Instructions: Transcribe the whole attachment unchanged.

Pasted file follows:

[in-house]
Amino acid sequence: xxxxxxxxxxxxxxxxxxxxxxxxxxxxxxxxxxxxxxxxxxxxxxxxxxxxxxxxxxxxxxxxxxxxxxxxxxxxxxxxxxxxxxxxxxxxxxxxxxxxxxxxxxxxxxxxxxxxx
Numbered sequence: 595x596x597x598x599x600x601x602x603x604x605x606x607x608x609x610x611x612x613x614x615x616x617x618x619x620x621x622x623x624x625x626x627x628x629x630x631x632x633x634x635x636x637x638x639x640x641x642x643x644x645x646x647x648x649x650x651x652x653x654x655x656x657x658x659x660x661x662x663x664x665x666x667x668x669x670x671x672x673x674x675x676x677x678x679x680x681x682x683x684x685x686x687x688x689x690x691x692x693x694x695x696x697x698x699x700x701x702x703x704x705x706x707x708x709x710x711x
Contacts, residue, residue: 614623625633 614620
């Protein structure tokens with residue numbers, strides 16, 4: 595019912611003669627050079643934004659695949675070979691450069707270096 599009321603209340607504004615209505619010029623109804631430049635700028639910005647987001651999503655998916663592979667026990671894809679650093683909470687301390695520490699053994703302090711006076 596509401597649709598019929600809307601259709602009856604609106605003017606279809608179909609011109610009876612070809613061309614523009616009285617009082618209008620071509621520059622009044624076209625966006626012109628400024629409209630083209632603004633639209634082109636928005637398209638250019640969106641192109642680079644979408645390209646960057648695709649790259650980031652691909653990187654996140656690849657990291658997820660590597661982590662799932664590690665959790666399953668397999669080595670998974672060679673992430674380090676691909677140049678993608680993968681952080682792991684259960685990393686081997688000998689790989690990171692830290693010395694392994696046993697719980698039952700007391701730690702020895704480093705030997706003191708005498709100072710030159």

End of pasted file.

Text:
[in-house]
Amino acid sequence: xxxxxxxxxxxxxxxxxxxxxxxxxxxxxxxxxxxxxxxxxxxxxxxxxxxxxxxxxxxxxxxxxxxxxxxxxxxxxxxxxxxxxxxxxxxxxxxxxxxxxxxxxxxxxxxxxxxxx
Numbered sequence: 595x596x597x598x599x600x601x602x603x604x605x606x607x608x609x610x611x612x613x614x615x616x617x618x619x620x621x622x623x624x625x626x627x628x629x630x631x632x633x634x635x636x637x638x639x640x641x642x643x644x645x646x647x648x649x650x651x652x653x654x655x656x657x658x659x660x661x662x663x664x665x666x667x668x669x670x671x672x673x674x675x676x677x678x679x680x681x682x683x684x685x686x687x688x689x690x691x692x693x694x695x696x697x698x699x700x701x702x703x704x705x706x707x708x709x710x711x
Contacts, residue, residue: 614623625633 614620
């Protein structure tokens with residue numbers, strides 16, 4: 595019912611003669627050079643934004659695949675070979691450069707270096 599009321603209340607504004615209505619010029623109804631430049635700028639910005647987001651999503655998916663592979667026990671894809679650093683909470687301390695520490699053994703302090711006076 596509401597649709598019929600809307601259709602009856604609106605003017606279809608179909609011109610009876612070809613061309614523009616009285617009082618209008620071509621520059622009044624076209625966006626012109628400024629409209630083209632603004633639209634082109636928005637398209638250019640969106641192109642680079644979408645390209646960057648695709649790259650980031652691909653990187654996140656690849657990291658997820660590597661982590662799932664590690665959790666399953668397999669080595670998974672060679673992430674380090676691909677140049678993608680993968681952080682792991684259960685990393686081997688000998689790989690990171692830290693010395694392994696046993697719980698039952700007391701730690702020895704480093705030997706003191708005498709100072710030159």